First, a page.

In reality, Arrighi insisted, there is no innate superiority to the Western path of capitalist development. In fact the strength of the US plus the UK GP value versus Japan plus China peaked in 1950, meaning that the tide has actually been running against the Western model, disruption, et cetera for over 60 years. Our period of financialization running through the savings and loan crisis of the 1980s and on into the housing bubble and the financial crisis of the current period is the kind of belle epoque that in Arrighi's historical studies signals the decline of our regime of accumulation. And it's passing on to somebody else.
OK, so for our purposes the essential point is that East Asia modernization has been based not merely on the internalization of the Western Industrial Revolution, but also on the revival of features of the indigenous, world-based industrious revolution. Did I say that right? Industrious, yes.
This issue is not that it's Chinese or Asian capitalism but that this next economic order-- wherever it appears and however it congeals in geographical space-- represents the overcoming of the limiting features of the Western pathway, overcoming its colossal demand for energy in spite of Chinese addiction to coal, enabled by energy dense fossil fuels, and overcoming its dependence on the mass use of wage labor, which for the great majority of workers, it de-skills or replaces with technology. It's fairly obvious to most of us that ecological survival now depends on the continuous reduction of energy used per unit output, but just as profoundly advanced innovation now depends on labor intensive complex practices, on up-skilling mass labor rather than de-skilling it. All regions could potentially update the industrious revolution for our renewable energy, climate changing, permanent war-making times. Northern Europe is doing this better than we are.
I think Arrighi is correct that the future sustainable economies and stable societies will be those that shift away from the technological replacements of labor towards high skilled labor served by technologies. Remember Donna Haraway's Cyborg Manifesto.
So a humanistic question for our times is, will the United States manage to do this? And my answer is no. Absolutely not-- not, that is, unless-- and here we ride to the rescue-- the humanities critical theory can help change or ruin macroeconomics as we currently understand it with a new militancy about the formation of complex created skills rooted in what I would call-- borrowing from these guys-- fugitive interpretation.
So this is the final section six-- humanities as post-capitalist social reproduction.
OK. So here's our final question for today. How would the humanities actually do this? How would it make a break-- not only with a capitalist university-- but with Western capitalism in its current form? That's our job.
OK, of course we think this is grandiose and impossible and ridiculous. But we are wrong. [INAUDIBLE] and [INAUDIBLE] write that our practice must assert a metapolitical surrealism that sees and sees through the evidence of mass incapacity. And I completely agree with this.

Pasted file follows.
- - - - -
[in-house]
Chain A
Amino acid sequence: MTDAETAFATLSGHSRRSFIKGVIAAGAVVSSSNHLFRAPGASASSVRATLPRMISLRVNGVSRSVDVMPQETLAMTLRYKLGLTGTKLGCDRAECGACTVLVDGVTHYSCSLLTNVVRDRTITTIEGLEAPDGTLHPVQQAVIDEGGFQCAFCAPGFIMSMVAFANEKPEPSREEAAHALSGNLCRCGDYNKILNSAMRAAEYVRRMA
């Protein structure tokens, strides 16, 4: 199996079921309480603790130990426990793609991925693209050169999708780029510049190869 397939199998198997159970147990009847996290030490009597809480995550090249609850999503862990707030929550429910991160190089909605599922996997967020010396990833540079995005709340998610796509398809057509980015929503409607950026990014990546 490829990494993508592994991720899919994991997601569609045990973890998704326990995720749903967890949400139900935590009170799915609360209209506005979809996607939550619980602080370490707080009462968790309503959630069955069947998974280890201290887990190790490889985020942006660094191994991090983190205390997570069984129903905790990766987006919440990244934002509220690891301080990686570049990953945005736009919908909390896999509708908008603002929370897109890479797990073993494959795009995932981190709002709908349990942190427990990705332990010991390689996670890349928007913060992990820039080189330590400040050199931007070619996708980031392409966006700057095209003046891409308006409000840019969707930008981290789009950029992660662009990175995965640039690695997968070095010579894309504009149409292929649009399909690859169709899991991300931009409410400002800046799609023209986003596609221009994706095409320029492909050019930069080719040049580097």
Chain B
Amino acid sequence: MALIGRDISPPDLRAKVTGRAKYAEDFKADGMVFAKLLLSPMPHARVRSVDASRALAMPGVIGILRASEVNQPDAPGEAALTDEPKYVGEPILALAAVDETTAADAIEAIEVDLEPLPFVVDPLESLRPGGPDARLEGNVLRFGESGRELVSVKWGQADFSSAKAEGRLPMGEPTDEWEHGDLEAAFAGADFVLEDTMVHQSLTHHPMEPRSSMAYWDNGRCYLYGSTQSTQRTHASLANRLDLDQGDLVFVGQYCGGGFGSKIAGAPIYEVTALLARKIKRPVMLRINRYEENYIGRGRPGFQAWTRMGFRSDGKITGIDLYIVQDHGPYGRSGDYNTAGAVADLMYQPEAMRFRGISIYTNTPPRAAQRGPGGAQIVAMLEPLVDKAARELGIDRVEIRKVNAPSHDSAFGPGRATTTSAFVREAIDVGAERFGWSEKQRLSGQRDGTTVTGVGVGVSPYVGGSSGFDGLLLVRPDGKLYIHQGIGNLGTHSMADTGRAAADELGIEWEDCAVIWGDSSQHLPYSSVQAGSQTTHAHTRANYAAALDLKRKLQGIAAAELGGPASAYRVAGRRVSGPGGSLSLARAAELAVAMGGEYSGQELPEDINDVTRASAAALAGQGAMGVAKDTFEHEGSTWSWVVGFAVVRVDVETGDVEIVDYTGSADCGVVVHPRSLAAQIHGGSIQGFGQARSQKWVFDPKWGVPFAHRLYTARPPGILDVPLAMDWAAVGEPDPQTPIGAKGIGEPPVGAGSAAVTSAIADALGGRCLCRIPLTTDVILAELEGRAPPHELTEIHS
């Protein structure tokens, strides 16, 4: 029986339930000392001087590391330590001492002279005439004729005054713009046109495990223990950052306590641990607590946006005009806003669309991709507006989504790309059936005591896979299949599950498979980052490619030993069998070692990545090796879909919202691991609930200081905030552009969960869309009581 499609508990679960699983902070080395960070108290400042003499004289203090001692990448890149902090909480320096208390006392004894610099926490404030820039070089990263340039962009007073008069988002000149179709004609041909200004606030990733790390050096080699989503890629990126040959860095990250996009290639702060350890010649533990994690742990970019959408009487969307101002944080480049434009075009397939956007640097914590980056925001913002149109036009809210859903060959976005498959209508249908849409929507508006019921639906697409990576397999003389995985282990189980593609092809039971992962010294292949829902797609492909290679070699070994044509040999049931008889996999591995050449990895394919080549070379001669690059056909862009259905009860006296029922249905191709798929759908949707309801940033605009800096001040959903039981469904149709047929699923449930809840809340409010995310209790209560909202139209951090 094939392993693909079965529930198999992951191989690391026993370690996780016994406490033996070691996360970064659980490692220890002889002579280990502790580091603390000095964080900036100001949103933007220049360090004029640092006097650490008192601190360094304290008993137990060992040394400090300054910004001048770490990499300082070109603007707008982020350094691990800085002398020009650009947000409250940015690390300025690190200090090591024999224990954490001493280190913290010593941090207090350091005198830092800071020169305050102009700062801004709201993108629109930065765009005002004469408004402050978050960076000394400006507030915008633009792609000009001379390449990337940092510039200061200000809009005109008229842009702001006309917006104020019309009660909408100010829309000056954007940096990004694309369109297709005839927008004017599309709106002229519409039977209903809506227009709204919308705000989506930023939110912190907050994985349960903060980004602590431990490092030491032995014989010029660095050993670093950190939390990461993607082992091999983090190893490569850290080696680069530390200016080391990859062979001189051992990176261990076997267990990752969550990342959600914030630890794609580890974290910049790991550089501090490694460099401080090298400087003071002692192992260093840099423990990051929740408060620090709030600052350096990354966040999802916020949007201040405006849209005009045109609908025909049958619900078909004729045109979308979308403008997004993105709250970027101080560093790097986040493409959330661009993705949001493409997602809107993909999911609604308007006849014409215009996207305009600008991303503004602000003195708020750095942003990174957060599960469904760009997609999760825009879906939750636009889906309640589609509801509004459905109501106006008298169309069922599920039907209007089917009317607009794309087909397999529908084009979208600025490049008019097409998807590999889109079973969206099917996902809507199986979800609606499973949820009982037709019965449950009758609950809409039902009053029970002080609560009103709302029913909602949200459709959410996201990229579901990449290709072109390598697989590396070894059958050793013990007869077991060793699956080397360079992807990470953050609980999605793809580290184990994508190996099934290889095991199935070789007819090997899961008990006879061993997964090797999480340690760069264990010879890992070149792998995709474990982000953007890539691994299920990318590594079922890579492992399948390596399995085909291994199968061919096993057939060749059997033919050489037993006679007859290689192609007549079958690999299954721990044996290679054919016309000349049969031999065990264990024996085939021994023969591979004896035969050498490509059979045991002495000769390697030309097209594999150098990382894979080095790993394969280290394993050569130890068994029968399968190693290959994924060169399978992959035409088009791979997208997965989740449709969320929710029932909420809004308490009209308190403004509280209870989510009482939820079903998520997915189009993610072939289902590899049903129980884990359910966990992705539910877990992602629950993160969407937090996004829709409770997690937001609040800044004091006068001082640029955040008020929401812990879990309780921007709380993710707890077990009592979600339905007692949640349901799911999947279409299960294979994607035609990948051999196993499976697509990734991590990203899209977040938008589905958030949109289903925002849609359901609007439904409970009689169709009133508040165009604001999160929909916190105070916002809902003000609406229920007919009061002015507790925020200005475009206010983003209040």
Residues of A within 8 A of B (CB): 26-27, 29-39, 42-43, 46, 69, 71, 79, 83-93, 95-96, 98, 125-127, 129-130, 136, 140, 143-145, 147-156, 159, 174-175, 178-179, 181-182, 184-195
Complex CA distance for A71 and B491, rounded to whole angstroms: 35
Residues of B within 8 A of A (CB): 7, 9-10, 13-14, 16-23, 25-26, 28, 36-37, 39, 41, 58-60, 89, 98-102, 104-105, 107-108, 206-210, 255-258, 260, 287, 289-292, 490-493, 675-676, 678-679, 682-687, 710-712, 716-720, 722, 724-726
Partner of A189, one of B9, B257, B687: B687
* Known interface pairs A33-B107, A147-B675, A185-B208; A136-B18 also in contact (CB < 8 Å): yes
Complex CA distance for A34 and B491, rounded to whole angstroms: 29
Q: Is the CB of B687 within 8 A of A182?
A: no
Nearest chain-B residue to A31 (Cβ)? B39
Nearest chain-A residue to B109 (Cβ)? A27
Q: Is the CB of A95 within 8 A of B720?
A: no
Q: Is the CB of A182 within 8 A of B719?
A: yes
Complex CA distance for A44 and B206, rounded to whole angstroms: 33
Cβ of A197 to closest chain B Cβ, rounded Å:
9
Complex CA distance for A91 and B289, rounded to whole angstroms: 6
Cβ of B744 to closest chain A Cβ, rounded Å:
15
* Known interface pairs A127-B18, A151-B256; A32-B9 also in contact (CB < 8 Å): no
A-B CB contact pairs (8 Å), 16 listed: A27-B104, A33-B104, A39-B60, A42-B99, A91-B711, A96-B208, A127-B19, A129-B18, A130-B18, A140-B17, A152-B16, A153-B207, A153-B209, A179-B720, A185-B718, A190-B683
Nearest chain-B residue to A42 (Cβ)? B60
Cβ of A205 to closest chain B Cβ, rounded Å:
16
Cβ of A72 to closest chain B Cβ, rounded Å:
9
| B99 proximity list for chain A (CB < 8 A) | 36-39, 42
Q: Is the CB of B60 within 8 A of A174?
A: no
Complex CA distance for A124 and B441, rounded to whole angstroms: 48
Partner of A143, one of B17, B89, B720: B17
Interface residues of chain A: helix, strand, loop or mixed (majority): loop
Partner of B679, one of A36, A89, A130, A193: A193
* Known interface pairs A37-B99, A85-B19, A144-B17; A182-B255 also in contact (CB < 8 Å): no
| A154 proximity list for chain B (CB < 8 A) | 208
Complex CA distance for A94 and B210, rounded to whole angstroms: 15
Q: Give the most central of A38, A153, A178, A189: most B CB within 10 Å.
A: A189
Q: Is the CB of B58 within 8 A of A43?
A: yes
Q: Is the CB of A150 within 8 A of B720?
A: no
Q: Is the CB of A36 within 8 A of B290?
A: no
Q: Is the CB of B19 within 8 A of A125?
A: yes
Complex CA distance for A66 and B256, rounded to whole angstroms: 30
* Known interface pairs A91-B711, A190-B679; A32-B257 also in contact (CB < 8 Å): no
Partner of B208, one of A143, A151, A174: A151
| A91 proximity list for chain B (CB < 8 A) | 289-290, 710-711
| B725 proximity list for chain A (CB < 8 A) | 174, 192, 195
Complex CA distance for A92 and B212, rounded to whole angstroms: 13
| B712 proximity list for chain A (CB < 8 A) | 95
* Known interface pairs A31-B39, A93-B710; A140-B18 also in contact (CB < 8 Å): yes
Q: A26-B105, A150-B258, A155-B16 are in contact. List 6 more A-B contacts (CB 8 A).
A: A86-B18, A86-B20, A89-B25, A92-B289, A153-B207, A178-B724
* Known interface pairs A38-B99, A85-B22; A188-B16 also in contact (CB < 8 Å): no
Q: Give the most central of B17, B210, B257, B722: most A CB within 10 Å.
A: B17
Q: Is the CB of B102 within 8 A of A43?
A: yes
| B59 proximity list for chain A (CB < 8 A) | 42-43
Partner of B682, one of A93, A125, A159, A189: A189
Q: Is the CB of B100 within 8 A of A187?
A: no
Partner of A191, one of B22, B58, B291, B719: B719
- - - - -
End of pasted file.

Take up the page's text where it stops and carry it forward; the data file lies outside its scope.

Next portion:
So let's look first at the humanities' surrealism of concepts, many of which we take to be outdated and pathetic, found in a mainstream tradition from Socrates to the Stoics, on to people like [INAUDIBLE], Dewey, C.L.R. James, Hannah Arendt, that has finally achieved a certain kind of economic destiny. You can pull out important claims, for example. Here's a couple of these guys that I really like.
We have asserted that self harmony or absolute identity is the highest law of mankind, such the demand that every person ought to cultivate all of his talents equally contains at the same time the demand that all of the various rational beings ought to be cultivated equally. OK this is Fichte in the 1790s. Or then the second one-- to live in the streets like the ancients, to fill them with music and singing like the people from the Mediterranean, to feast like the rich as long as money lasts, and then to despise all comforts of life like ancient cynics completely to neglect one's clothing or to dress up fashionably-- that is academic freedom.
That's Schleiermacher in the same period. You can tell by references to the Mediterranean, et cetera. Fichte-- there's lots of stuff like this-- is a vision of the university as a kind of under commons of absolute non-exclusion. It's a social movement for him.
Schleiermacher-- again, incredibly in some ways, straight person-- is an early version of fugitive planning. OK, this is, of course, a tiny fragment of this world of thinking. And then when you move into the 19th and 20th and 21st centuries, it just explodes in this kind of renaissance of thinking about this stuff that I think we're still living through.
OK, so what I'm going to do is I'm going to pound this stuff into some kind of shape with a chart.
Humanities versus disruptive capitalism. Celebrity death match. And we've already looked at sort of the-- we've looked at column one, right, which is the challenge of this period that we're in.